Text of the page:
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Leaders irked by delayed construction of Masaka-Mutukula Road

Nabbanja has clarified on Masaka – Mutukula road

Masaka, Uganda | THE INDEPENDENT | The long-awaited plan for the rehabilitation of the Masaka-Kyotera-Mutukula road has been deferred as the government, awaits funding from the African Development Bank. The rehabilitation project will be funded by an AfDB grant under the NEPAD Infrastructure Project Preparation Facility (NEPAD-IPPF).

According to Prime Minister Robinah Nabbanja, the feasibility study for the road construction and other details of the project were concluded in October 2020, but the work can not go on until the approval of the grant request from the African Development Bank.

The 96km-road was built in the 1960s to link and promote trade ties and cooperation between Uganda, Tanzania, and the rest of the East African partners. Kyotera County Member of Parliament John Paul Mpalanyi told URN that the current state of the road is appalling.

Mpalanyi explains that the road has deteriorated over the years and consistently affected the flow of traffic. He adds that only a section from Kyotera to Mutukula was last upgraded to class-two bitumen standard or asphalt concrete road in 2003 and that transit trucks often get stuck in potholes and often, goods perish when trucks break down and services delay.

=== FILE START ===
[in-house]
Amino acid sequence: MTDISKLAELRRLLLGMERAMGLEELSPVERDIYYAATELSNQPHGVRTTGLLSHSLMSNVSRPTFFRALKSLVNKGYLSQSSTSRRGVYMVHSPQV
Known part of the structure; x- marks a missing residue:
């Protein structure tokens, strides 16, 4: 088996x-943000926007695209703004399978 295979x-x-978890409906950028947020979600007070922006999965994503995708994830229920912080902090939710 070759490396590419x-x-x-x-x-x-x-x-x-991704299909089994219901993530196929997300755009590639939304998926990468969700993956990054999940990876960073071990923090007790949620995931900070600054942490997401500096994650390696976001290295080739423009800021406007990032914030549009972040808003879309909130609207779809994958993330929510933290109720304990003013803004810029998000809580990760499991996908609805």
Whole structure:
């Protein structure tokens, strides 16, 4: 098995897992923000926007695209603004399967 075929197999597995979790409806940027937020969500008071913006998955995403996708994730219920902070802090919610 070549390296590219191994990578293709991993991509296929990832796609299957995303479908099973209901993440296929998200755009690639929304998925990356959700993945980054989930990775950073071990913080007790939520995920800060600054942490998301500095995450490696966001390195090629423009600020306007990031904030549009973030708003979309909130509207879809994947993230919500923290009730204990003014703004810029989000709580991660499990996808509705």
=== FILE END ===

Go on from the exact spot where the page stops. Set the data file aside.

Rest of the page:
According to Mpalanyi, the commissioning of the Mutukula one-stop customs centre in 2016 has since encouraged a surge of volumes of cargo which has occasioned its gradual deterioration.

He told URN that the accidents on the road have increased over the years with an average of five fatal accidents recorded every week. He adds that the leaders in Kyotera have waited long enough for the rehabilitation of the road.

Kakuuto LCIII Chairman Steven Ssebunya says that the stretch from Kakuuto to Mutukula is already overwhelmed by large potholes which cause accidents regularly. Motorists and truckers usually incur high repair costs due to the continuous wear and tear of their vehicles.

He further appealed to the government to do whatever it takes to patch all the potholes on the road as they wait for the AfDB grant.

Ivan Mwesigwa, a commercial motorcyclist, says that they are losing a lot of time on the road, spending more than an hour to cover a distance of 47 kilometres from Kyotera to Mutukula. He further appeals to the district leaders and government to expedite the process to rehabilitate the road.

According to Kintu Kisekulo, the Kyotera District Chairperson, transport fares have been hiked from the initial 5000 Shillings to between 7,000 and 10,000 Shillings due to the poor state of the road. Her gears that truckers may opt for a route change, a move which will also affect their revenue projections.



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